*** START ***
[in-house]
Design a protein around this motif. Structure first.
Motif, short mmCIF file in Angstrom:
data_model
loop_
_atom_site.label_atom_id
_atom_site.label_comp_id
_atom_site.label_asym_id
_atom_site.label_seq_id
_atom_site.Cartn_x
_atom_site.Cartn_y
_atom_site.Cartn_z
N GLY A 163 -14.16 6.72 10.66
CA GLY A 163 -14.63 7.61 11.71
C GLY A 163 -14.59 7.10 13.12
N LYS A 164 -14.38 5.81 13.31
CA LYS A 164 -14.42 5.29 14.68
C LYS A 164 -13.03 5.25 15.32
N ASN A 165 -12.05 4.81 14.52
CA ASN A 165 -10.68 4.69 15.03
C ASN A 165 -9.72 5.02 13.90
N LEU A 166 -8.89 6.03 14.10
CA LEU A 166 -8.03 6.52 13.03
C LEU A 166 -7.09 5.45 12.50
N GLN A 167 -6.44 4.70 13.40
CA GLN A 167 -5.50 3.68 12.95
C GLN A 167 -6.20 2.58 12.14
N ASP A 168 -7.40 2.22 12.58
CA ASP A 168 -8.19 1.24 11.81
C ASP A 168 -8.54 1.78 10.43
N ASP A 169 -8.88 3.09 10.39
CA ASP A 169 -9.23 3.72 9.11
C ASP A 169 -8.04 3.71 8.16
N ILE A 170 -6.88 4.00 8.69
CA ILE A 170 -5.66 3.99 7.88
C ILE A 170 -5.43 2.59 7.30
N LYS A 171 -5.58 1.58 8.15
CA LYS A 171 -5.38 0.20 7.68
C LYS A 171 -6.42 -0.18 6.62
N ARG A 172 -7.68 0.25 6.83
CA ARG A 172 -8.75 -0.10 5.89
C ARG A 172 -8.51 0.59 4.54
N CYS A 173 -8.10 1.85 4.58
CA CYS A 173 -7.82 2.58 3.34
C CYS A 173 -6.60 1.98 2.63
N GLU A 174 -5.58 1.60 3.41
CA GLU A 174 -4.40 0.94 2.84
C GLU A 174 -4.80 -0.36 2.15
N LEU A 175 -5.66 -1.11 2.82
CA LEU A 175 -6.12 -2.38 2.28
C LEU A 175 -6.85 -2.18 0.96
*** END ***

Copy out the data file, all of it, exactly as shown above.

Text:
[in-house]
Design a protein around this motif. Structure first.
Motif, short mmCIF file in Angstrom:
data_model
loop_
_atom_site.label_atom_id
_atom_site.label_comp_id
_atom_site.label_asym_id
_atom_site.label_seq_id
_atom_site.Cartn_x
_atom_site.Cartn_y
_atom_site.Cartn_z
N GLY A 163 -14.16 6.72 10.66
CA GLY A 163 -14.63 7.61 11.71
C GLY A 163 -14.59 7.10 13.12
N LYS A 164 -14.38 5.81 13.31
CA LYS A 164 -14.42 5.29 14.68
C LYS A 164 -13.03 5.25 15.32
N ASN A 165 -12.05 4.81 14.52
CA ASN A 165 -10.68 4.69 15.03
C ASN A 165 -9.72 5.02 13.90
N LEU A 166 -8.89 6.03 14.10
CA LEU A 166 -8.03 6.52 13.03
C LEU A 166 -7.09 5.45 12.50
N GLN A 167 -6.44 4.70 13.40
CA GLN A 167 -5.50 3.68 12.95
C GLN A 167 -6.20 2.58 12.14
N ASP A 168 -7.40 2.22 12.58
CA ASP A 168 -8.19 1.24 11.81
C ASP A 168 -8.54 1.78 10.43
N ASP A 169 -8.88 3.09 10.39
CA ASP A 169 -9.23 3.72 9.11
C ASP A 169 -8.04 3.71 8.16
N ILE A 170 -6.88 4.00 8.69
CA ILE A 170 -5.66 3.99 7.88
C ILE A 170 -5.43 2.59 7.30
N LYS A 171 -5.58 1.58 8.15
CA LYS A 171 -5.38 0.20 7.68
C LYS A 171 -6.42 -0.18 6.62
N ARG A 172 -7.68 0.25 6.83
CA ARG A 172 -8.75 -0.10 5.89
C ARG A 172 -8.51 0.59 4.54
N CYS A 173 -8.10 1.85 4.58
CA CYS A 173 -7.82 2.58 3.34
C CYS A 173 -6.60 1.98 2.63
N GLU A 174 -5.58 1.60 3.41
CA GLU A 174 -4.40 0.94 2.84
C GLU A 174 -4.80 -0.36 2.15
N LEU A 175 -5.66 -1.11 2.82
CA LEU A 175 -6.12 -2.38 2.28
C LEU A 175 -6.85 -2.18 0.96